To what extent was Cade's rebellion the key cause of civil strife

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  • To what extent was Cade's rebellion important in the outbreak of civil strife
    • Cades rebellion
      • Significant cause
      • 1450- Cade revolted in Kent
        • Suffolks death; high taxes; disastrous army in France
      • 46,000 men met half of Henry's army in Sevenoaks
      • July- Army was undisciplined
      • Cade had to abandon
        • Murdered 12th July
      • Not a huge success
        • Highlighted problems
          • Hentry's Weaknesses
          • strong public were united
          • weak king
      • Not as significant as 1399 events
        • no full blown civil war
      • Said to have contributed to civil strife
    • Neville and Percy family
      • 2 most powerful families in England at the time
      • Both in conflict
      • Constantly at battle
        • If one supported a house, the other would support the other
      • 1st BOSA
        • Somerset and Percies supported Henry IV
        • Lancastrians ment Nevilles who supported Yorkists
      • The more that was at steak, the higher the encouragement is to fight
        • Higher risk of civil strife
      • NOT as significant as 1399
        • Percies and Nevilles may not have as much impact without this
    • Henry's minority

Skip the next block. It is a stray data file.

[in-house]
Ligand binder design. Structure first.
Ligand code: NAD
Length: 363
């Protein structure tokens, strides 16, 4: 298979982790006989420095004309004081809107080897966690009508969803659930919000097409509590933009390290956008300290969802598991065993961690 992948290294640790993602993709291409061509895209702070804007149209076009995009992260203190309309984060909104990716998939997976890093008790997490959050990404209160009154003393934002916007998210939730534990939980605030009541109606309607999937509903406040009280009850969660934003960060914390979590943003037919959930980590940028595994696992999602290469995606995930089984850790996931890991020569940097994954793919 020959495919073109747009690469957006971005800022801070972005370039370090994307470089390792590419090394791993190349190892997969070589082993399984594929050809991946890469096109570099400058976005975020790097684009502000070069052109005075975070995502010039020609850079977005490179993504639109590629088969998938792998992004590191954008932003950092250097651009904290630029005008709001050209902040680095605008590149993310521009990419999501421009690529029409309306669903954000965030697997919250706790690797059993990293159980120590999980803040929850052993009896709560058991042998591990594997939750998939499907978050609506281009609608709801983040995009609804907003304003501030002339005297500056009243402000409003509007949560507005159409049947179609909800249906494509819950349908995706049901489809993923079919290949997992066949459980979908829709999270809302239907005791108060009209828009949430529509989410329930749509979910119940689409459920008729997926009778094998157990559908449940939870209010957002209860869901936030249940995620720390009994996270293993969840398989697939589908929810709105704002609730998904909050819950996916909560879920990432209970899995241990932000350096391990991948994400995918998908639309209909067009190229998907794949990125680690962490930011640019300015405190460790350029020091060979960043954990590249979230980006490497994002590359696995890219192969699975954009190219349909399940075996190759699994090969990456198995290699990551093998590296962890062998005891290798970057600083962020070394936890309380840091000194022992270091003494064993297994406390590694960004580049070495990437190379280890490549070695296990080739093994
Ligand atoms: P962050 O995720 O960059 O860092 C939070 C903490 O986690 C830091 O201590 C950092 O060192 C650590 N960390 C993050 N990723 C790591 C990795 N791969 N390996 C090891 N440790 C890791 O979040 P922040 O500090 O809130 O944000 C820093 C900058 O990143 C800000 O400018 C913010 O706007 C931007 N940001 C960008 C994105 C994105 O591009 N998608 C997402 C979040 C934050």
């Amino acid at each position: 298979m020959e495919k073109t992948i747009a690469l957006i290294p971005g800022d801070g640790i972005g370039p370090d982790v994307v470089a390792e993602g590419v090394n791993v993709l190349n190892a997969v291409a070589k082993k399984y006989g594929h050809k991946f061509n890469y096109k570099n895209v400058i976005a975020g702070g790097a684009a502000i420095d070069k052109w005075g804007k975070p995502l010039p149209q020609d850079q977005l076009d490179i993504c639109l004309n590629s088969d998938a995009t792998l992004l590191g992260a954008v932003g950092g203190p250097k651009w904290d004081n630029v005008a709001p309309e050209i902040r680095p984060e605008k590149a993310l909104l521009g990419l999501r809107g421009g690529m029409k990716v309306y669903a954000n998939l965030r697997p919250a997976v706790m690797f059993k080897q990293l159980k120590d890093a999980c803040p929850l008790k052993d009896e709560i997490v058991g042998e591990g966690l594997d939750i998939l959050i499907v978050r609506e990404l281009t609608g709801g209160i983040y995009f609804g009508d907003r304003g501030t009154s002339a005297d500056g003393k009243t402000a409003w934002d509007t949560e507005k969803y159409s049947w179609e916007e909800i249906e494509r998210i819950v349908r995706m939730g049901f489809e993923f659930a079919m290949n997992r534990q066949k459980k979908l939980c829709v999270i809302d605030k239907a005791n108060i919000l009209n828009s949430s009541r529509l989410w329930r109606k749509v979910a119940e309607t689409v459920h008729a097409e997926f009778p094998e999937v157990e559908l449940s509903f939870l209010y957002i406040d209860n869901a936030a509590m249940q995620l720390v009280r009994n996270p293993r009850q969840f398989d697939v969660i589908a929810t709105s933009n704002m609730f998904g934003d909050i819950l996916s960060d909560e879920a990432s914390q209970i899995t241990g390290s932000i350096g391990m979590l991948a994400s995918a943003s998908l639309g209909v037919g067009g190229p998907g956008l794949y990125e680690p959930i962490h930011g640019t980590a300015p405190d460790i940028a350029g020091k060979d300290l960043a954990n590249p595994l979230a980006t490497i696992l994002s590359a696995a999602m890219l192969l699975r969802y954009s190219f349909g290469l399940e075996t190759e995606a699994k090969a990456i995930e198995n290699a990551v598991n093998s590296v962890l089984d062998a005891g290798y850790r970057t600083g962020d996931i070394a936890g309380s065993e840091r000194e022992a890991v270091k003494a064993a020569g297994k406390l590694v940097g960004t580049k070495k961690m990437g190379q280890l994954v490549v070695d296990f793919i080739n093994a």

• Untitled
      • Young- 8 when crowned in 1429
      • This created perilous factions
        • increased chance of civil strife and political war
      • continuously governed by various lords
        • always led in his decision
    • Henry's mental health
      • 1453 by means of a 'sudden fright'
        • Trance like state reacting to and recognising no one
      • son added rumours to Somerset's child
      • Richard became protector
        • Him and Warwick gained support and demonstrated strengths and commitment
    • Margaret of Anjou
      • Yorkists biggest enemy
      • Established rival court in the Midlands and made families hostile to York
      • Raising support- well established
        • Significant that she led and won the second BOSA 17th February 1461
      • Motivated army well
        • woman and some historians argue she genuinely had interest for London
      • Successful in battle and inspiring people encouraging the support of lancastrians
      • Significant cause as irritated people and encouraged civil strife
    • CONCLUSION
      • many causes contributing to civil strife
      • 1455 & 1461, POD and events went on to cause most significant short terms causes
        • had others not happened, less likely to have occurred
      • POD caused more friction and tension that might not otherwise have led to civil strife in 1461
      • As Henry was 1st Lancastrian king this reason is fundamentally key cause of civil strife
        • without this and 1399, other events are less likely to have occurred
          • Untitled

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